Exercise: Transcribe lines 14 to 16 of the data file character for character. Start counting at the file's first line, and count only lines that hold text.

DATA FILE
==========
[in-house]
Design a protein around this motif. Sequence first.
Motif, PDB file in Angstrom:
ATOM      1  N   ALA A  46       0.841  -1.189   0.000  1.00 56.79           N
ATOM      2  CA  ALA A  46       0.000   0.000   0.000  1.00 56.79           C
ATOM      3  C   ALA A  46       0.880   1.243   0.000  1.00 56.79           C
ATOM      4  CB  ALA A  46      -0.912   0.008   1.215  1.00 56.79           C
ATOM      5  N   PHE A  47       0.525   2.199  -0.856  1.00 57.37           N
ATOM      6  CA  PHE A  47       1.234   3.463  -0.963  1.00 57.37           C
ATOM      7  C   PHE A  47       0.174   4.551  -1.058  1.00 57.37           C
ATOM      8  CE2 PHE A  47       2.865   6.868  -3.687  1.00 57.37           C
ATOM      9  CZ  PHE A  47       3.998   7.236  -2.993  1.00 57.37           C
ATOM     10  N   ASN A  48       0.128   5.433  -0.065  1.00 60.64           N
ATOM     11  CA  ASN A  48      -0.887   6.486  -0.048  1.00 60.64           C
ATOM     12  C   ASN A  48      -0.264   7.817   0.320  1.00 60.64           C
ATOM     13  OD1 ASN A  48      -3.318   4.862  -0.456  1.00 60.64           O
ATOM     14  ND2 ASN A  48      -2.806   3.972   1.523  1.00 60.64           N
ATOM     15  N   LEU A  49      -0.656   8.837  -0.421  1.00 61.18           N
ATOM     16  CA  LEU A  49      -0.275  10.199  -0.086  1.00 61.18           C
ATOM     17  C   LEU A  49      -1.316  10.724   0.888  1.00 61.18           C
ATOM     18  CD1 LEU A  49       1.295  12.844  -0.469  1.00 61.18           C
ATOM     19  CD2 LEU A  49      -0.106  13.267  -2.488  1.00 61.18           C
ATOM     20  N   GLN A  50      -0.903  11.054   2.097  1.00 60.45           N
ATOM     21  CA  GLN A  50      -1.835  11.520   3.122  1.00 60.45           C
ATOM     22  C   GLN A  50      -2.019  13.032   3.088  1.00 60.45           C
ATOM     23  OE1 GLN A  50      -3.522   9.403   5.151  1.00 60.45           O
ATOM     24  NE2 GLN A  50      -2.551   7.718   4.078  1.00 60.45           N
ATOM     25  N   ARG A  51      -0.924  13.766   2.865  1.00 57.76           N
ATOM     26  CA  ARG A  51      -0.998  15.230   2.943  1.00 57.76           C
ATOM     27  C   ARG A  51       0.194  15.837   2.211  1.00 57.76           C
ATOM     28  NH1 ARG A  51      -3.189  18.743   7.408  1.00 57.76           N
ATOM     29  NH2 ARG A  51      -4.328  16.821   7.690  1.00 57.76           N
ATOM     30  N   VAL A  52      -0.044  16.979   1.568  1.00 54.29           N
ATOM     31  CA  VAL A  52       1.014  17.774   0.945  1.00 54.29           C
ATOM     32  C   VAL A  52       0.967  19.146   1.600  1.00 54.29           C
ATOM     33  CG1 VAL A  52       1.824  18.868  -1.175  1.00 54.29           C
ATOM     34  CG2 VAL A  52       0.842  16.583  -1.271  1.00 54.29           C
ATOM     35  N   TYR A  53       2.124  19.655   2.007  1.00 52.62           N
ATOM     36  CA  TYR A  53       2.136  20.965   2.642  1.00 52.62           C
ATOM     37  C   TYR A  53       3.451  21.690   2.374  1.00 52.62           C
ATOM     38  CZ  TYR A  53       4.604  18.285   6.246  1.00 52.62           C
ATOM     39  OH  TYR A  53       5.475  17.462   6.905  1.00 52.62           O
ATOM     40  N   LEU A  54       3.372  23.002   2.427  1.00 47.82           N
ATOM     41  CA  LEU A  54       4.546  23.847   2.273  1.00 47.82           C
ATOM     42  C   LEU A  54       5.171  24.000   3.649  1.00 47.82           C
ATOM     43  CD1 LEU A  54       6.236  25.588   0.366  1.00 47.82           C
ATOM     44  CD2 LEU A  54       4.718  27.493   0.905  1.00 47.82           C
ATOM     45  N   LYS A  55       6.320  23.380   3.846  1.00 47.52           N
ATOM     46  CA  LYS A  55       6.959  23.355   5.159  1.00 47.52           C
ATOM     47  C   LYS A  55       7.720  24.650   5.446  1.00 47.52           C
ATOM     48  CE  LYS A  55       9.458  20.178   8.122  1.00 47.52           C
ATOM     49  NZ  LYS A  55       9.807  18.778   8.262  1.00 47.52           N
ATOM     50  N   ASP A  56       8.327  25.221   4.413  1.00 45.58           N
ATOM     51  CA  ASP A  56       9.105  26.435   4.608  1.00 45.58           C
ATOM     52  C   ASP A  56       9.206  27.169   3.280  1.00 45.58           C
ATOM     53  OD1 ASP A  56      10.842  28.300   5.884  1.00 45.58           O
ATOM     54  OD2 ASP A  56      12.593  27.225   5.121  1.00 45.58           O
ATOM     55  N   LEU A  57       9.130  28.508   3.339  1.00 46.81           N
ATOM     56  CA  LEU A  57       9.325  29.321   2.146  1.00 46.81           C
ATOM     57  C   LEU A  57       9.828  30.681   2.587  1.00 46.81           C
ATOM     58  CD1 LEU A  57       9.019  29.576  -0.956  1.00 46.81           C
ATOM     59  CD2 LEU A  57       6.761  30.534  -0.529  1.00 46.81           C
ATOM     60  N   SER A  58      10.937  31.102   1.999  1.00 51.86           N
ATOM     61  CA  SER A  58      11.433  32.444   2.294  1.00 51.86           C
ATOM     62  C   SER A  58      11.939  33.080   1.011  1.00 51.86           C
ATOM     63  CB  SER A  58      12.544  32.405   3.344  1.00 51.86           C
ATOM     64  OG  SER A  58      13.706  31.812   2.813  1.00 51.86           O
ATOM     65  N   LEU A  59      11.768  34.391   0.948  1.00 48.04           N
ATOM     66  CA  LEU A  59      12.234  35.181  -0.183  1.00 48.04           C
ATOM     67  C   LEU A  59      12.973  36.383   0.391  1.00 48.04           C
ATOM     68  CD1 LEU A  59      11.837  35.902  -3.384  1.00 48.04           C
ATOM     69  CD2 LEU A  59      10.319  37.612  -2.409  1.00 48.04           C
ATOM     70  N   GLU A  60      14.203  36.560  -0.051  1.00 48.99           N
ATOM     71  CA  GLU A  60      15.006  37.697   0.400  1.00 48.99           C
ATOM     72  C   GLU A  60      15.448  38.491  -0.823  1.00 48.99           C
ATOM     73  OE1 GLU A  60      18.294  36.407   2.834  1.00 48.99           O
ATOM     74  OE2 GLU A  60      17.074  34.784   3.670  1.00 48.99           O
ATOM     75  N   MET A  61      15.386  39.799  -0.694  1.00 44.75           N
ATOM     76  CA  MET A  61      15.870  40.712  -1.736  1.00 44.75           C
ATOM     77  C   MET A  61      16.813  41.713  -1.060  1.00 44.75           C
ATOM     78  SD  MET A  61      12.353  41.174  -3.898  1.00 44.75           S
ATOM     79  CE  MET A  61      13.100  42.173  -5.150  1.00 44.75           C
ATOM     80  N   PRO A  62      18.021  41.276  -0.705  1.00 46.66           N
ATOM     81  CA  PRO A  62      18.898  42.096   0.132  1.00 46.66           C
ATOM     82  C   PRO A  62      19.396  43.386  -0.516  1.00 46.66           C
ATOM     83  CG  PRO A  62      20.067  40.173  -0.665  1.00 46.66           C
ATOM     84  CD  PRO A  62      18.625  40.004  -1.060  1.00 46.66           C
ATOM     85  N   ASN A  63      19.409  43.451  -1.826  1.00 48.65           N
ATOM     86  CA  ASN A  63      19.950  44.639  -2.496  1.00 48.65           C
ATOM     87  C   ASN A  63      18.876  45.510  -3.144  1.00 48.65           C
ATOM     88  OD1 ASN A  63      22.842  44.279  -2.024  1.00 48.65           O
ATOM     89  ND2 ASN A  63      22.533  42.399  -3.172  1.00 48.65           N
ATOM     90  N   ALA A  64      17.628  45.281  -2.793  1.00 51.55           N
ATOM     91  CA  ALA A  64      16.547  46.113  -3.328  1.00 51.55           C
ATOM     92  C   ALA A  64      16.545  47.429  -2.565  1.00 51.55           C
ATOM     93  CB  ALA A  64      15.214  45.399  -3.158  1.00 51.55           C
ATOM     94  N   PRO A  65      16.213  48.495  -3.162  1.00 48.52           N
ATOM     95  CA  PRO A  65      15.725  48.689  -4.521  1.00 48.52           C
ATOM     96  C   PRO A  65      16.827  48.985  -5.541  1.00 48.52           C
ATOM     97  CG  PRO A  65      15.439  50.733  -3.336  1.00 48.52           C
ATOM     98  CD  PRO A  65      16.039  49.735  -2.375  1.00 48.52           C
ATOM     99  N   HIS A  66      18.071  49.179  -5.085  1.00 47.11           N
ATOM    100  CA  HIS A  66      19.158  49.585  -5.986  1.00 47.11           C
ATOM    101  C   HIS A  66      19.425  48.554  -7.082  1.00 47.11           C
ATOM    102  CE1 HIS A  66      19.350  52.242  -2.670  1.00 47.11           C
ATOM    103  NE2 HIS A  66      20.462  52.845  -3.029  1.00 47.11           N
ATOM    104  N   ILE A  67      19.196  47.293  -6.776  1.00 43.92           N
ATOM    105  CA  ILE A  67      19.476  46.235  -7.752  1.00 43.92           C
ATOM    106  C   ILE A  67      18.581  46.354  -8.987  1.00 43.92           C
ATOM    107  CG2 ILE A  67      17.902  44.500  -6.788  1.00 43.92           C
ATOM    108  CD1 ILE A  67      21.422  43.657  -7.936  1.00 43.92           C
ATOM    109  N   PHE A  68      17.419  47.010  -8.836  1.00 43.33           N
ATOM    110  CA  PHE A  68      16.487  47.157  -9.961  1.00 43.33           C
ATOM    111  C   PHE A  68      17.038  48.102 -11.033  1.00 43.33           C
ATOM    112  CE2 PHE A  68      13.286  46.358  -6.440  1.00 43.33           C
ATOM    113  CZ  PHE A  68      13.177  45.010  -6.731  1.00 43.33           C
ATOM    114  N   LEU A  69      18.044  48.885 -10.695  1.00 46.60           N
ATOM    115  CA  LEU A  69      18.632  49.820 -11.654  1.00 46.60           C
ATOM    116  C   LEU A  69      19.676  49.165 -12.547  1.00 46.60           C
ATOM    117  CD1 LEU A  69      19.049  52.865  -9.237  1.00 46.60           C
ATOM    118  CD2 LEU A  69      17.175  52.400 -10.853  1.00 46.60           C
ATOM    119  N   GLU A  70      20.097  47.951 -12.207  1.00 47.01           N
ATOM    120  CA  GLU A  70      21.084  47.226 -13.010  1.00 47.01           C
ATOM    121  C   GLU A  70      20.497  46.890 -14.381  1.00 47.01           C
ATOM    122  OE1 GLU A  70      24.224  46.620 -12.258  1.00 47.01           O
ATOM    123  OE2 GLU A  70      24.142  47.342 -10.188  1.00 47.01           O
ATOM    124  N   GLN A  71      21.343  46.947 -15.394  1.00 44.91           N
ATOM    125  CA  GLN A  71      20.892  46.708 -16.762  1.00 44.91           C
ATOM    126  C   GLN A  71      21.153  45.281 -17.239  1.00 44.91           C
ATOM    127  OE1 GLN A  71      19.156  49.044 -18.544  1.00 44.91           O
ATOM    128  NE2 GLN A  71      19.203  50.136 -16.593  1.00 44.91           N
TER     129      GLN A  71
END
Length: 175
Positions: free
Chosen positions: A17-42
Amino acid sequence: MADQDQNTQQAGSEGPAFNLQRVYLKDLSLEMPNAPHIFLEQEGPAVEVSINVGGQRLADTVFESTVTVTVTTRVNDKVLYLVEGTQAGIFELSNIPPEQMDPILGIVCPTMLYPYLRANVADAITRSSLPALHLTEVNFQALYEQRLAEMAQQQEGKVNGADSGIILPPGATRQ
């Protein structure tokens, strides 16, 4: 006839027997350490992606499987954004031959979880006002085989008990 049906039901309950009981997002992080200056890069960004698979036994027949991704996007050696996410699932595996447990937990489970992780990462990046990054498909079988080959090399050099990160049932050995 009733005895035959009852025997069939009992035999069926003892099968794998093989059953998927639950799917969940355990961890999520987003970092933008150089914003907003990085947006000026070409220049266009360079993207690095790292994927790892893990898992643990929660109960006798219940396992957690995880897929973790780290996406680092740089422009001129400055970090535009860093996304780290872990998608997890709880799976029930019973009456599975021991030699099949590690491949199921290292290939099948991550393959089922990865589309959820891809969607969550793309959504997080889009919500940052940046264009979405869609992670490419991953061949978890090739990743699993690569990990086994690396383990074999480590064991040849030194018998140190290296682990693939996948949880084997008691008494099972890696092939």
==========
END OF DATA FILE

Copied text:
ATOM     11  CA  ASN A  48      -0.887   6.486  -0.048  1.00 60.64           C
ATOM     12  C   ASN A  48      -0.264   7.817   0.320  1.00 60.64           C
ATOM     13  OD1 ASN A  48      -3.318   4.862  -0.456  1.00 60.64           O